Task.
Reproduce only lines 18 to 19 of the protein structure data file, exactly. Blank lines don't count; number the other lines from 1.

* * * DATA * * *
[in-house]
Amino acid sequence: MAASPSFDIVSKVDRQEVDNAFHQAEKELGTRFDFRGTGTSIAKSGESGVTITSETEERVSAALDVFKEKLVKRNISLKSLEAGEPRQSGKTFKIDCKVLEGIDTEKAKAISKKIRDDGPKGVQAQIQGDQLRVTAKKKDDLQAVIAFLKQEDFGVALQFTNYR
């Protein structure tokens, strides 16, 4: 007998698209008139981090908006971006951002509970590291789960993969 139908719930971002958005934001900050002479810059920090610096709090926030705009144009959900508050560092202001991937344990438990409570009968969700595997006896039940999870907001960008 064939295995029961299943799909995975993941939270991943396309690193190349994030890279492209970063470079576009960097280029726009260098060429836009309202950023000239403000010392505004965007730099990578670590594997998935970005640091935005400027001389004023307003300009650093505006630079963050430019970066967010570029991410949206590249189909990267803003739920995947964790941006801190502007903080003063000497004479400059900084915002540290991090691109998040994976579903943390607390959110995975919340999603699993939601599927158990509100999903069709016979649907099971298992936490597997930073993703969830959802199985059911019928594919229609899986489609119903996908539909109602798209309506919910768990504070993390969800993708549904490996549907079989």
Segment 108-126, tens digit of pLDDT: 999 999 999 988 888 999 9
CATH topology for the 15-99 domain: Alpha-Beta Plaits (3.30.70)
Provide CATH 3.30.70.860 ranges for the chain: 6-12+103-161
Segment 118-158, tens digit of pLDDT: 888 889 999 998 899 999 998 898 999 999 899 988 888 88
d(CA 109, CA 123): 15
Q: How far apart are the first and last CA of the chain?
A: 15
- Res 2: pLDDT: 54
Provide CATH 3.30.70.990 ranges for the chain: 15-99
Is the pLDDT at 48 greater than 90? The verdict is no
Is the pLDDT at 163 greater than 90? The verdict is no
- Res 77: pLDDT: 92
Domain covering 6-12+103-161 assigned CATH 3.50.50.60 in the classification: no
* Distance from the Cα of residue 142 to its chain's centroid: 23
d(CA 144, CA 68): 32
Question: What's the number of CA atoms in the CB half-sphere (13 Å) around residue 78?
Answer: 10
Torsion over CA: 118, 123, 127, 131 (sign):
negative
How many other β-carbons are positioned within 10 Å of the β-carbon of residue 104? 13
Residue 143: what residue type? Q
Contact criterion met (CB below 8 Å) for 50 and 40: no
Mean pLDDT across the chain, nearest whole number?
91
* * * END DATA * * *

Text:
d(CA 144, CA 68): 32
Question: What's the number of CA atoms in the CB half-sphere (13 Å) around residue 78?